Thomas Pitot

Thomas Pitot

Thomas Pitot is a second year Ph.D. student at Laval University, Quebec, Canada. He focuses on biogeographic signal characterization, discovery, and ecology of giant viruses in the Last Ice Area in northern Canada. We recently talked with Thomas about his research. (Answers have been lightly edited.) 

How did you get interested in microbiome research?

When I was younger, I was fascinated by oceanography and marine ecology. I wanted to work on sharks and coral reef ecology. Intending to study this branch of science, I moved to the south of France in Marseille to do both my bachelor’s and master’s degree with a major in oceanography. There, I took classes in marine microbial ecology. I was fascinated by the importance of microbes in the functioning and shaping of our entire system. That is how I discovered my passion for microbiology, particularly virology.

Briefly describe your project as if you were talking to your grandmother. What excites you about your current research project? 

There is this very special area at the northern coast of Ellesmere Island in Canada. There, the sea-ice is thicker and older than anywhere else in the Arctic Ocean. We give this place a special name. We call it the “Last Ice Area”. Scientists suggest that the sea ice there will last longer and will be the last remaining iced area in the rest of the Arctic Ocean. This ice might play a role in keeping the nearby land cooler and safeguarding the ice-depending ecosystems along the coast.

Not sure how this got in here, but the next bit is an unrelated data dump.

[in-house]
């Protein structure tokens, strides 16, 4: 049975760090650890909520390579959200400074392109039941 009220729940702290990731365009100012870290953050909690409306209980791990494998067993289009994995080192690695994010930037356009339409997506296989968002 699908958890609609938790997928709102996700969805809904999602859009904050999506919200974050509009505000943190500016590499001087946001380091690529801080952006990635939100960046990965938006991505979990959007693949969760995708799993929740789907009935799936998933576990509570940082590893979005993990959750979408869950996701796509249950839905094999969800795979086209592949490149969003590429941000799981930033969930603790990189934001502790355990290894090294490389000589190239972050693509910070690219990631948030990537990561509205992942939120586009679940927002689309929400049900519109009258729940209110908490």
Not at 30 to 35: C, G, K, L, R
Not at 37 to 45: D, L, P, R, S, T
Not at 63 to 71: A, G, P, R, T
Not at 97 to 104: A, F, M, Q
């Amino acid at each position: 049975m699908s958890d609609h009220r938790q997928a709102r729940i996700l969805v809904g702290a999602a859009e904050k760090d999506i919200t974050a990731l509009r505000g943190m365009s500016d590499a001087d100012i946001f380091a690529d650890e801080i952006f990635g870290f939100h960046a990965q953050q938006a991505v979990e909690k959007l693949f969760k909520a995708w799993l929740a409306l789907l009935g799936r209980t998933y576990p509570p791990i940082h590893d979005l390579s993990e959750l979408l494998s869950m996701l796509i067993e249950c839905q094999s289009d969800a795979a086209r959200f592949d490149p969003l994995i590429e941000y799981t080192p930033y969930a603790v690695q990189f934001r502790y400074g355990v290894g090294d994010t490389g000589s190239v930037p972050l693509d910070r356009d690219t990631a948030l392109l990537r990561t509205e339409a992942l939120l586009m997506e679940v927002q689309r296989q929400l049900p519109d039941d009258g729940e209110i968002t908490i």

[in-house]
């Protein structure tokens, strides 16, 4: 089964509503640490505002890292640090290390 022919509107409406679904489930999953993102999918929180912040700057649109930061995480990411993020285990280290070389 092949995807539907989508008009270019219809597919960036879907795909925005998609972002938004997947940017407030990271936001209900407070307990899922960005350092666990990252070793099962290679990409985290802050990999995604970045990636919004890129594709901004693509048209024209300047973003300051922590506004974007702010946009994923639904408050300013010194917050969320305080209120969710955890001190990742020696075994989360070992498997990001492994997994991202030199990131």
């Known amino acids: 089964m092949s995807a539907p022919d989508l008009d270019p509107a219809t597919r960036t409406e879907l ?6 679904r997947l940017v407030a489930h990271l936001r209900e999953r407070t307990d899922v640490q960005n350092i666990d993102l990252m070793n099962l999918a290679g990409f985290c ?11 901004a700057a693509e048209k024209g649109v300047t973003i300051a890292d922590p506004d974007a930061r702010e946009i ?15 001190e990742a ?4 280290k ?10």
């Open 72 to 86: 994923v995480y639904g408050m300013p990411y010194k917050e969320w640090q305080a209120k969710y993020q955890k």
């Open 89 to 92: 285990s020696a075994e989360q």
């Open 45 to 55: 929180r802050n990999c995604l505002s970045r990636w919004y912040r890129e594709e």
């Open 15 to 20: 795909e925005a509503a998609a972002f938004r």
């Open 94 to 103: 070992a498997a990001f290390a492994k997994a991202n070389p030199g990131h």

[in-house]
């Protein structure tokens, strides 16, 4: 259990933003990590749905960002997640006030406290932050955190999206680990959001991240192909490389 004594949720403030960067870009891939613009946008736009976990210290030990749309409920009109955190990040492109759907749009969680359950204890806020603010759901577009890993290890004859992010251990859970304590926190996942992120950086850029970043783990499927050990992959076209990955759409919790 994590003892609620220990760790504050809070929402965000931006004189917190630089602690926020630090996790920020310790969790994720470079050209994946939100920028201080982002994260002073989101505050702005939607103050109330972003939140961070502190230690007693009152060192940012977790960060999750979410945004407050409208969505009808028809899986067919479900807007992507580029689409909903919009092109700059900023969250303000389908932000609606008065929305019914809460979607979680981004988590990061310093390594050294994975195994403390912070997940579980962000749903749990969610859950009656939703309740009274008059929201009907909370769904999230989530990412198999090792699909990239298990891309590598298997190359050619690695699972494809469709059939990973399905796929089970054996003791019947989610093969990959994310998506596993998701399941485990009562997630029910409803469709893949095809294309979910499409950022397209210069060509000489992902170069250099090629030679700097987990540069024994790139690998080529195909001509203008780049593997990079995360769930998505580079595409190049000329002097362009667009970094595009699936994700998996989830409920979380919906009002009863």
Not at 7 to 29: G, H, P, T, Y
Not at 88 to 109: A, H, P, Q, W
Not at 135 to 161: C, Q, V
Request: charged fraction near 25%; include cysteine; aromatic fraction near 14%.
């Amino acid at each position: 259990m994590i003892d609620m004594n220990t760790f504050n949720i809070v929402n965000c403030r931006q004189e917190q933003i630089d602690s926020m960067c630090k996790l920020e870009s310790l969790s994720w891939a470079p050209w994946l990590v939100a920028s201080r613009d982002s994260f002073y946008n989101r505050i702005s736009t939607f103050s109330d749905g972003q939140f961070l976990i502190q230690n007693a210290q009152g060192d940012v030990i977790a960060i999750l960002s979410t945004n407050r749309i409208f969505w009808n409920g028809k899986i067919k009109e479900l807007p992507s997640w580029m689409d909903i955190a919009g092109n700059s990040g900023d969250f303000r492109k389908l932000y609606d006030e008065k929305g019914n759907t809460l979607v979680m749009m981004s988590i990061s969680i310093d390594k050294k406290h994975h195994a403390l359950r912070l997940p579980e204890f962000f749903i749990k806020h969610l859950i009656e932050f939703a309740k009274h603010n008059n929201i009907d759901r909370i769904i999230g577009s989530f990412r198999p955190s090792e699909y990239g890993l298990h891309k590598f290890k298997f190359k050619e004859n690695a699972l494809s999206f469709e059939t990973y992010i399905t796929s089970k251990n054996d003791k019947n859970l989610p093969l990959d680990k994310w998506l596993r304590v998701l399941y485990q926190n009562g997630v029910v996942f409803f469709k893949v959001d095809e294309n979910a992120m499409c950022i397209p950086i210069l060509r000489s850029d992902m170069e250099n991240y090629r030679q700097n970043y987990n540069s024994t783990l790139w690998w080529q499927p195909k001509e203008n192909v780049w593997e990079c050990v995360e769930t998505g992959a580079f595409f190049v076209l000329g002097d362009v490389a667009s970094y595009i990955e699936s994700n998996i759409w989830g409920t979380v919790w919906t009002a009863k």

What excites you about your current research project?

I am especially interested in these ecosystems and notably, polar lakes. There are very few to no fish in polar lakes, so microbes are the main players in these waters. To survive and thrive, these microbes need to interact all together. Viruses are part of these interactions and they play vital roles. They control local populations, recycle nutrients, induce genetic diversity etc. My project consists of identifying, characterizing, and trying to understand the virology of these lakes, focusing on a very specific group of viruses, the giant viruses. Giant viruses are extraordinary due to their unusually large size, often comparable to (or even larger than!) some bacteria. They challenge the traditional definition of a virus. These viruses also possess complex genomes, with an array of genes that enable them to perform functions typically associated with cellular organisms, blurring the line between viruses and cellular life.

How does your work contribute to researchers’ understanding of the microbiome?

Virology has been part of microbiome research for quite a long time. However, only few studies have been conducted on ice-dependent lakes virology and these primarily relied on conventional virome analysis that adheres to a traditional interpretation of the “viral size fraction”. Therefore, the current published studies that focus on a size fraction of less than 220 nm have largely disregarded the viral phylum known as Nucleocytovircota or “giant viruses”. Giant viruses infect eukaryotes, and it is essential to understand these interactions in order to better consider and understand microbiome interactions and functioning.

What song do you currently have on repeat?

Leve toi by Barbara Pravi.

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